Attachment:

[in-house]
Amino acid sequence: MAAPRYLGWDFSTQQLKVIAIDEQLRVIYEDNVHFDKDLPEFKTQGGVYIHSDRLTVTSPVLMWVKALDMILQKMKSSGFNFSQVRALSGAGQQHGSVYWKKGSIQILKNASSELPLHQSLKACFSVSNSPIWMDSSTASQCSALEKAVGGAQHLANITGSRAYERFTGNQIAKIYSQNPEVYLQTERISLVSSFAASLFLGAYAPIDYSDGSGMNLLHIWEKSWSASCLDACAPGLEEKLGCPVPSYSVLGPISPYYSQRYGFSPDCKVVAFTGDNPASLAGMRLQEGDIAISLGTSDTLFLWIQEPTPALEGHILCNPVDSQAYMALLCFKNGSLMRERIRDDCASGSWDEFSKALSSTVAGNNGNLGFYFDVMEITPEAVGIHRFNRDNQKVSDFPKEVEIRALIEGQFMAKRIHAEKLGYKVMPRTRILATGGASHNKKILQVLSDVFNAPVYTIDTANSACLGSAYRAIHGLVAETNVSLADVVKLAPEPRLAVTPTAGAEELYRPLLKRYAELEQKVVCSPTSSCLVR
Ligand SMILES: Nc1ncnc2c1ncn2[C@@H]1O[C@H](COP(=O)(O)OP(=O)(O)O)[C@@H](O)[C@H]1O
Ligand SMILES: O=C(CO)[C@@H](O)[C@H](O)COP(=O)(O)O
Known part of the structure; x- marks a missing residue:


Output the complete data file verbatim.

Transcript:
[in-house]
Amino acid sequence: MAAPRYLGWDFSTQQLKVIAIDEQLRVIYEDNVHFDKDLPEFKTQGGVYIHSDRLTVTSPVLMWVKALDMILQKMKSSGFNFSQVRALSGAGQQHGSVYWKKGSIQILKNASSELPLHQSLKACFSVSNSPIWMDSSTASQCSALEKAVGGAQHLANITGSRAYERFTGNQIAKIYSQNPEVYLQTERISLVSSFAASLFLGAYAPIDYSDGSGMNLLHIWEKSWSASCLDACAPGLEEKLGCPVPSYSVLGPISPYYSQRYGFSPDCKVVAFTGDNPASLAGMRLQEGDIAISLGTSDTLFLWIQEPTPALEGHILCNPVDSQAYMALLCFKNGSLMRERIRDDCASGSWDEFSKALSSTVAGNNGNLGFYFDVMEITPEAVGIHRFNRDNQKVSDFPKEVEIRALIEGQFMAKRIHAEKLGYKVMPRTRILATGGASHNKKILQVLSDVFNAPVYTIDTANSACLGSAYRAIHGLVAETNVSLADVVKLAPEPRLAVTPTAGAEELYRPLLKRYAELEQKVVCSPTSSCLVR
Ligand SMILES: Nc1ncnc2c1ncn2[C@@H]1O[C@H](COP(=O)(O)OP(=O)(O)O)[C@@H](O)[C@H]1O
Ligand SMILES: O=C(CO)[C@@H](O)[C@H](O)COP(=O)(O)O
Known part of the structure; x- marks a missing residue: